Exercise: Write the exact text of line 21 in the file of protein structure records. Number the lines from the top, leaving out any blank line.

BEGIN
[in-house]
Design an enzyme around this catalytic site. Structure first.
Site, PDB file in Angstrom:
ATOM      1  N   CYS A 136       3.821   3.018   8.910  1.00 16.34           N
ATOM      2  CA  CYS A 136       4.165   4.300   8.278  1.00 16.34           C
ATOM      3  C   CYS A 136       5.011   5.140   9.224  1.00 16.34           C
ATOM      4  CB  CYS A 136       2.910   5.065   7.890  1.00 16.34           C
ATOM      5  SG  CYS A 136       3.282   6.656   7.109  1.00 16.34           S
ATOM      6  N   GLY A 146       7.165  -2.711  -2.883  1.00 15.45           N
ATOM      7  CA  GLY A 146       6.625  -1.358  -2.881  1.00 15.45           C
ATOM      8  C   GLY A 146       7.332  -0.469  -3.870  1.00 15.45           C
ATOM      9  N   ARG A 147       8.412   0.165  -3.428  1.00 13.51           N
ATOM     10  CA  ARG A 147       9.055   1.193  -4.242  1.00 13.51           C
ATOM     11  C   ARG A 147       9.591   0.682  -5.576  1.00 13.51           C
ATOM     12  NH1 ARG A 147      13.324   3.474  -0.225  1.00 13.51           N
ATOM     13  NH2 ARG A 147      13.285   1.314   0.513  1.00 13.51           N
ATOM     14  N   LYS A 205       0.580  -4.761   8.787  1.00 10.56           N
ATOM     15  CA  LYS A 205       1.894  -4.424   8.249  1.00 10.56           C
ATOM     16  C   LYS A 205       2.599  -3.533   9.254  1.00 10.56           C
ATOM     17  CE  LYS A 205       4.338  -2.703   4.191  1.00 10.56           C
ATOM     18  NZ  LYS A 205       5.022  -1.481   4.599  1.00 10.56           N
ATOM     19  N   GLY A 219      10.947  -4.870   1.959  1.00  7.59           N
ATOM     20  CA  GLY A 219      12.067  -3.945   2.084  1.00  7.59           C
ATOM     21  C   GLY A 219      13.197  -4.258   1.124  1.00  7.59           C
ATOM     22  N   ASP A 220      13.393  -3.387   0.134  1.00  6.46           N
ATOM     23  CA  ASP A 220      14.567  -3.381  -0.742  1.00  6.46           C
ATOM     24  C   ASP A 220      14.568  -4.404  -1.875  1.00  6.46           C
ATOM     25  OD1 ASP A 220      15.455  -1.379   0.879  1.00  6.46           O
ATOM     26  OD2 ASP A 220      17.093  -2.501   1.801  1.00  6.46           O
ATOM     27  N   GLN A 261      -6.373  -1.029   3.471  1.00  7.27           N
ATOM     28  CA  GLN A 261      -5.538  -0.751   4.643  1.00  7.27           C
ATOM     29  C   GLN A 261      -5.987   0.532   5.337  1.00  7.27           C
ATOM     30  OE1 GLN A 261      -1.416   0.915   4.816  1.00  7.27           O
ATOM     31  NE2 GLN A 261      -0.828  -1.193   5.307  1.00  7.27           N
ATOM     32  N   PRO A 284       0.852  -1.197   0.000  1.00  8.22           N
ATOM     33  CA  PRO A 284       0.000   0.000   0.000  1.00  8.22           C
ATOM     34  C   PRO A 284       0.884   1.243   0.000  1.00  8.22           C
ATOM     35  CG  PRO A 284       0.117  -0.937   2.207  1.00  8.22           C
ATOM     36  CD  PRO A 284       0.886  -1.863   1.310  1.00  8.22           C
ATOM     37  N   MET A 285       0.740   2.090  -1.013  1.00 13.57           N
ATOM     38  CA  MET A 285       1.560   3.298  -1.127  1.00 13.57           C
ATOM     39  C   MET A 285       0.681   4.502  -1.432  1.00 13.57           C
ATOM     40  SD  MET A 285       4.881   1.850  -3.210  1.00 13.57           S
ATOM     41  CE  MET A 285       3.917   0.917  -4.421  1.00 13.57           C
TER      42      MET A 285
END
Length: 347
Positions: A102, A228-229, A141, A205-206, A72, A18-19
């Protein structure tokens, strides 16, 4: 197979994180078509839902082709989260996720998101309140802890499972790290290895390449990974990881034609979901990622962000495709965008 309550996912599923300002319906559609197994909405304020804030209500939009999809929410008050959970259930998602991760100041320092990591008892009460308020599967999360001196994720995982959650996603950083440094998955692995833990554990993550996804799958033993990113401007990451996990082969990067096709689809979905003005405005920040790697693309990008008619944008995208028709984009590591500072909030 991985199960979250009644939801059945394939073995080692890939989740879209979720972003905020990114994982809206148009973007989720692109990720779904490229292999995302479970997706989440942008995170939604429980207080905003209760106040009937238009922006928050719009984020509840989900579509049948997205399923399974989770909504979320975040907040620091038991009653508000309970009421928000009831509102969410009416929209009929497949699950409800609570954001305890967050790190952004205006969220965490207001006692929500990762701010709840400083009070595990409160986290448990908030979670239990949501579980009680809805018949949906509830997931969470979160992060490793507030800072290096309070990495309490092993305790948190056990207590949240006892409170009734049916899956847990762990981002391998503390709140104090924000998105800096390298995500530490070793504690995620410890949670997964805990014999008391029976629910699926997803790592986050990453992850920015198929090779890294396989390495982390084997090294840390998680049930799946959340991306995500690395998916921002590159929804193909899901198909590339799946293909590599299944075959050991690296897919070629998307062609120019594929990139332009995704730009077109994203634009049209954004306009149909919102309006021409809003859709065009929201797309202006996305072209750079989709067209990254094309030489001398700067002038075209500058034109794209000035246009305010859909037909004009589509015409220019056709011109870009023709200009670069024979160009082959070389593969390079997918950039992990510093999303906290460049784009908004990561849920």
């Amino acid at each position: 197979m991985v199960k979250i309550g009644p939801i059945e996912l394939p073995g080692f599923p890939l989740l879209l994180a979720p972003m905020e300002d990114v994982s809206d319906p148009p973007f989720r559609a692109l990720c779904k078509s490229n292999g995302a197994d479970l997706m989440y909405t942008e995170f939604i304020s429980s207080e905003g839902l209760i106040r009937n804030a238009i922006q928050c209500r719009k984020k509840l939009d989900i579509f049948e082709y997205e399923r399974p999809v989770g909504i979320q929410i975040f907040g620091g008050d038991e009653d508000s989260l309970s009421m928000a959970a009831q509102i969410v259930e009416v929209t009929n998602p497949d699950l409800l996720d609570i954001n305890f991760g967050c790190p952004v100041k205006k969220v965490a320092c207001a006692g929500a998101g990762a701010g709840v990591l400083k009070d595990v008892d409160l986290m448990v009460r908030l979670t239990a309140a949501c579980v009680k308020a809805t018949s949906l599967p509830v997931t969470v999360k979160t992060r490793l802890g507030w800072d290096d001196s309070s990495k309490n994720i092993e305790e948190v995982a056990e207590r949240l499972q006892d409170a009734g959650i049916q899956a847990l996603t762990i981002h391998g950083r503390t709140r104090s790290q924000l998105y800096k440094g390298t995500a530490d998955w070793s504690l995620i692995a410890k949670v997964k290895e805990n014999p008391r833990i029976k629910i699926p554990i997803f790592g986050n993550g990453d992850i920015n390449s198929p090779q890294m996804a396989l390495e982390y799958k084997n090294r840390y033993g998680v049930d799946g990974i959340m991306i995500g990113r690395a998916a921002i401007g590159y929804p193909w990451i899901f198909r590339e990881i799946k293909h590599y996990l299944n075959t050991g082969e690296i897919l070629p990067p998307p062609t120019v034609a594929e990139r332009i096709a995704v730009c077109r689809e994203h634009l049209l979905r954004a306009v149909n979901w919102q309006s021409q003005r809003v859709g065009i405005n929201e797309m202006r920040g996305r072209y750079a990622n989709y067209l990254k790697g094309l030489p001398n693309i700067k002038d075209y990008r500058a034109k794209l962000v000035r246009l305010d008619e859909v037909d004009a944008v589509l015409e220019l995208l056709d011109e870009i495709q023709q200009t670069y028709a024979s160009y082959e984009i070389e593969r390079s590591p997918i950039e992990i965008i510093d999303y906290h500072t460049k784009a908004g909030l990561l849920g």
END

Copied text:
ATOM     18  NZ  LYS A 205       5.022  -1.481   4.599  1.00 10.56           N